Art therapy is a form of therapy that uses art as a ‘tool’ for the therapist and as an outlet for the individual. This is a way for the therapist to gain insight into the individual through looking at their work, and it is a way for the individual to both communicate their feelings and as a form of catharsis. Here we will look in more detail at what art therapy is and where it comes from.
History of Art Therapy
Art therapy in a way has existed as long as art itself and it is possible to view all at as a form of expression or therapy. In particular some artists are notable for using art as a way to either describe or express their inner thoughts and feelings such as Frida Kahlo or Edvard Munch.
Freud later would apply his psychoanalysis to paintings and images by such artists seeing their art as an expression of their unconscious desires and fantasies. In one essay he attempted to ‘deconstruct’ the psychology of Leonardo da Vinci from his paintings and made bold claims as to his sexuality, his temperament and his feelings towards his parents.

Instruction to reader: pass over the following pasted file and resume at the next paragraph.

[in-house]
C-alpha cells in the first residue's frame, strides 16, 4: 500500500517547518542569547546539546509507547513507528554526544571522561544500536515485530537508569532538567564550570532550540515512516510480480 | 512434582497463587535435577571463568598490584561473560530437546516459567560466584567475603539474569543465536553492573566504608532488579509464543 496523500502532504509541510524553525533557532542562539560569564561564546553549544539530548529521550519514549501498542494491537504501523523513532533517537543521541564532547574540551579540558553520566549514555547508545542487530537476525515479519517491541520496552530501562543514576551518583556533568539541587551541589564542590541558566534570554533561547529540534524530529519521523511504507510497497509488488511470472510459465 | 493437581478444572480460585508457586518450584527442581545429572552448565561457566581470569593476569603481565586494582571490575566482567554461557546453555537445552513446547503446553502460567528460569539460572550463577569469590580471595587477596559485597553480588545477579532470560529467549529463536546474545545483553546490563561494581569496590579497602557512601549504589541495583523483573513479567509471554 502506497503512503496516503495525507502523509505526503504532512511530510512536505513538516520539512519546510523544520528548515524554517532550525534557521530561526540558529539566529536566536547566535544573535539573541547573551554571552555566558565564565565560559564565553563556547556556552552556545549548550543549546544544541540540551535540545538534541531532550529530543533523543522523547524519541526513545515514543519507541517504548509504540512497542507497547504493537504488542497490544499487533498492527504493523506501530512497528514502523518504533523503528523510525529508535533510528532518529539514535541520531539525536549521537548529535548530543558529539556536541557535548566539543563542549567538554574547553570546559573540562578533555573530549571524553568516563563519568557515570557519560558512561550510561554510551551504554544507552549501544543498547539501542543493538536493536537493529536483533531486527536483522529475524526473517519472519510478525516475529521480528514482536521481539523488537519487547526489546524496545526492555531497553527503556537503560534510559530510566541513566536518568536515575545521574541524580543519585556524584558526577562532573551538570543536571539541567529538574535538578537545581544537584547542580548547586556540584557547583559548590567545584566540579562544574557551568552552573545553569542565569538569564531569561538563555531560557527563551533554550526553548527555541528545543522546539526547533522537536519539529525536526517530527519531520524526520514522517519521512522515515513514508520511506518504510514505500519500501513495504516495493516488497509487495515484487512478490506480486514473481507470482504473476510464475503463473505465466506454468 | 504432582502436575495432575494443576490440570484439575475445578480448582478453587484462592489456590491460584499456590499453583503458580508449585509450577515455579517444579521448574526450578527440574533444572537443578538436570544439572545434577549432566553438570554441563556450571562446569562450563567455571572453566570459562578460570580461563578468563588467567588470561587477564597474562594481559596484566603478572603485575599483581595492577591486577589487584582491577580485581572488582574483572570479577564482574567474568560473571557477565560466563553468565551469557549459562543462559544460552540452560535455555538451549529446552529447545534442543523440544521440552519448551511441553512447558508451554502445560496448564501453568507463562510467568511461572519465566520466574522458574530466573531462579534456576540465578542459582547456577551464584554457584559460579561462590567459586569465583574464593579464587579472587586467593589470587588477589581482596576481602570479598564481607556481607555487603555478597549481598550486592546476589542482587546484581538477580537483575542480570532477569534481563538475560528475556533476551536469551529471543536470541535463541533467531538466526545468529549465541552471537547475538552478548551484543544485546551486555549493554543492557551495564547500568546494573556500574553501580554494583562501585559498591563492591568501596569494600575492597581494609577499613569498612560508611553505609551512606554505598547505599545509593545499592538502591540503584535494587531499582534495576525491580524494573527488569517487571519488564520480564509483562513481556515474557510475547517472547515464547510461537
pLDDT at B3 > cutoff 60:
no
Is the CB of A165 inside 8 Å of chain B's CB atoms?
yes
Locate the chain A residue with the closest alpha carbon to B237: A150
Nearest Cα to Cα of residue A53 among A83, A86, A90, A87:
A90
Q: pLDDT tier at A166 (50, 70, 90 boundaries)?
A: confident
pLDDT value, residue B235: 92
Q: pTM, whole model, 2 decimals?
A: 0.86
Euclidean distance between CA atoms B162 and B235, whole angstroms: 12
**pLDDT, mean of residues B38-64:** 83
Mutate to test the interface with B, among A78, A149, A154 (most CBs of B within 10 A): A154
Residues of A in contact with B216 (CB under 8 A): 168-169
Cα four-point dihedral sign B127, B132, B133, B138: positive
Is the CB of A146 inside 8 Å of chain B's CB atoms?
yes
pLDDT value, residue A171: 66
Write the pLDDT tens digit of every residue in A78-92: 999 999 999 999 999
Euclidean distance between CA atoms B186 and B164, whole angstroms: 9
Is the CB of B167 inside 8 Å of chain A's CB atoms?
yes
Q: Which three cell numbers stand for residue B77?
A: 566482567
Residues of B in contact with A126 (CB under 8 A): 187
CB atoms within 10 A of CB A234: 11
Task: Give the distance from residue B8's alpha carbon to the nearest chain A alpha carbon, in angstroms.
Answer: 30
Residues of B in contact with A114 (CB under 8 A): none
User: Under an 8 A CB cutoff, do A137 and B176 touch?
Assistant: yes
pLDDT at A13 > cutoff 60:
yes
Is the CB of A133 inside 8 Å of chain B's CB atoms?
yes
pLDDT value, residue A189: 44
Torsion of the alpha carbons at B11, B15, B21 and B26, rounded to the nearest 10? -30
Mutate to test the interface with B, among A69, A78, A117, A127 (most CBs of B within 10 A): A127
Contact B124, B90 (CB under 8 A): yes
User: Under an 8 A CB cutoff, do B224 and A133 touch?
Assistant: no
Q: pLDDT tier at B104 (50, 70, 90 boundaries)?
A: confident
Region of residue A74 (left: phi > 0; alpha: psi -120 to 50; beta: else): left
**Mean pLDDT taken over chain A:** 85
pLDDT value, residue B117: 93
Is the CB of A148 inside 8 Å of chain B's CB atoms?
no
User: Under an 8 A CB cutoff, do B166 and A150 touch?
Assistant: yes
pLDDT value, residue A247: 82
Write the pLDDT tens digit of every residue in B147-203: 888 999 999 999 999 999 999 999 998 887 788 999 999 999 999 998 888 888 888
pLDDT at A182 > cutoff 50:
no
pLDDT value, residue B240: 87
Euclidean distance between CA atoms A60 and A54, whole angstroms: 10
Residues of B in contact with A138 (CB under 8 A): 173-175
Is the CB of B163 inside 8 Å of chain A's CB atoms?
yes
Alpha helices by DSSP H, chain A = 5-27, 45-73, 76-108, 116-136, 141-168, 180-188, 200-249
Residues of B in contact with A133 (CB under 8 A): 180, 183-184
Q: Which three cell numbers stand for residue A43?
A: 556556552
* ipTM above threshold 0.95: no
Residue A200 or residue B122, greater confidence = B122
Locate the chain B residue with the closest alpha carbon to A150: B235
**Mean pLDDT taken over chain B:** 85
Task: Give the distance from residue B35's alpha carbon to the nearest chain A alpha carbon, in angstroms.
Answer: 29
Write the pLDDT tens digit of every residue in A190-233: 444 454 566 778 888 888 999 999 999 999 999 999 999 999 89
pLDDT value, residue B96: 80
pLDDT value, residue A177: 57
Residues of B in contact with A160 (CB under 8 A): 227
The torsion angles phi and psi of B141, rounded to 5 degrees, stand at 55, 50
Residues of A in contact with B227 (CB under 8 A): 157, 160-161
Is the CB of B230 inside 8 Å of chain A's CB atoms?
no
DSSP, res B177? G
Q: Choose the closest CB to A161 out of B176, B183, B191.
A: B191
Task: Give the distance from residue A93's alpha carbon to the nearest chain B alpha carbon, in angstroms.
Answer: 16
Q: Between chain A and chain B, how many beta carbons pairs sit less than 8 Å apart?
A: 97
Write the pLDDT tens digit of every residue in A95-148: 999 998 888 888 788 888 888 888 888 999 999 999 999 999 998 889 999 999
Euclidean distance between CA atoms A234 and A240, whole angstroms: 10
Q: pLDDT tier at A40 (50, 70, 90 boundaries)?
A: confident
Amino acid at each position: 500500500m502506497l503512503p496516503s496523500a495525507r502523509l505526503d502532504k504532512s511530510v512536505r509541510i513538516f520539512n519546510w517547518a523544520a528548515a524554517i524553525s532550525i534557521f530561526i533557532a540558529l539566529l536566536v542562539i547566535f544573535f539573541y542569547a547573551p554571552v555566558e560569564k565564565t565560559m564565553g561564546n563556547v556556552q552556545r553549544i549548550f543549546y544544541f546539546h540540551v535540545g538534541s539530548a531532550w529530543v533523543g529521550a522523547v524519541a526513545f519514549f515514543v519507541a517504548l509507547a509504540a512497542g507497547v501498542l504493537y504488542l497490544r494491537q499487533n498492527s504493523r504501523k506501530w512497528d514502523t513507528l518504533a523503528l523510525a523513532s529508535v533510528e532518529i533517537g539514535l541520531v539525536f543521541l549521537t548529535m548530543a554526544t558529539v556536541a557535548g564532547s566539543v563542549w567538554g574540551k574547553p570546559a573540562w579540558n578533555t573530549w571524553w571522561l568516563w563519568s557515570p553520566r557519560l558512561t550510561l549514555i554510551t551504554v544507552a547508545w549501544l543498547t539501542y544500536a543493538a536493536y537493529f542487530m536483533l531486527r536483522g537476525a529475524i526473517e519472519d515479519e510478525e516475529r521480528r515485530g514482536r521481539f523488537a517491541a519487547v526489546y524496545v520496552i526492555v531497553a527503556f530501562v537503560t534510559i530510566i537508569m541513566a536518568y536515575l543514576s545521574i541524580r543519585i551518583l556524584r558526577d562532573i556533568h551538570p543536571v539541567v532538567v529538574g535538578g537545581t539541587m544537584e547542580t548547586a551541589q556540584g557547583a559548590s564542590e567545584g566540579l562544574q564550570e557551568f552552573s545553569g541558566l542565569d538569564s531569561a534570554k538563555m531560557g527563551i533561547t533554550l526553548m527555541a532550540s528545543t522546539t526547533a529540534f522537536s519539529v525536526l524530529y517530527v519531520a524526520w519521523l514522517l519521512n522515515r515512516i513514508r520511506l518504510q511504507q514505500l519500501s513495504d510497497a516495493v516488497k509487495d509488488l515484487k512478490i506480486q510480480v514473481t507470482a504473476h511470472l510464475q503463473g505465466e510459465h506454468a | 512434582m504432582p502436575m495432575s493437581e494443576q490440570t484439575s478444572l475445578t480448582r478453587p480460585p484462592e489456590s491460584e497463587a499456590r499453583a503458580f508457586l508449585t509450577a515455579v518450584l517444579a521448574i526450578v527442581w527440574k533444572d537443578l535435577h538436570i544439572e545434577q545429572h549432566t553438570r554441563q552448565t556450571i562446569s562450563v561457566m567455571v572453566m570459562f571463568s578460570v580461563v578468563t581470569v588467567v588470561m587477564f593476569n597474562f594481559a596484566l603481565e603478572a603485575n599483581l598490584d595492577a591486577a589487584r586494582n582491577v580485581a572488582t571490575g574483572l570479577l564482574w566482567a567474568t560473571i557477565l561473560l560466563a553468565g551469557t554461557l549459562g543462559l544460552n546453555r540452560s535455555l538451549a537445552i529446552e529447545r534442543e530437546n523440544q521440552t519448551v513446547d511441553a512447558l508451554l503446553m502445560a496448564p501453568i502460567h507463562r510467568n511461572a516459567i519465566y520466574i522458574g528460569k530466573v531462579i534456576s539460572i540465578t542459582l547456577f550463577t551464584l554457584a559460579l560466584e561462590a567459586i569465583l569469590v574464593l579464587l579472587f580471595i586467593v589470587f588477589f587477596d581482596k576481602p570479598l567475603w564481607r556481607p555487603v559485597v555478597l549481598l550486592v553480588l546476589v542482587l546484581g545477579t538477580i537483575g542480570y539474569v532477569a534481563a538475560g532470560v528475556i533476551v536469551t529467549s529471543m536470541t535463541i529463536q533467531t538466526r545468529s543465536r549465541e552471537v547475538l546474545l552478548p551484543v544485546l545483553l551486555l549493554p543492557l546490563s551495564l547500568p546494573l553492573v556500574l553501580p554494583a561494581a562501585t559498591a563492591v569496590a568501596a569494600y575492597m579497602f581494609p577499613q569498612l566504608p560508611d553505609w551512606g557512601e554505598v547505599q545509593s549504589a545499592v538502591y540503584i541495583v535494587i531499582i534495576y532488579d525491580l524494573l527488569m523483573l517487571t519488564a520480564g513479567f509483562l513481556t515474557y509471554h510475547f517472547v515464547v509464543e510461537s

However as a therapeutic discipline, art therapy is comparatively young and began around the mid 20th century mostly in English speaking areas of Europe and then in the US. It was the UK artist Adrian Hill who is widely acknowledged as being the first to use the term ‘art therapy’. Hill discovered the therapeutic benefits of painting and drawing while he recovered from tuberculosis. To him the benefit was in the ‘complete engrossment of the mind’ and the ‘release of creative energy’ that was otherwise inhibited. He believed that patients could use art therapy as a tool to use against their own misfortunes.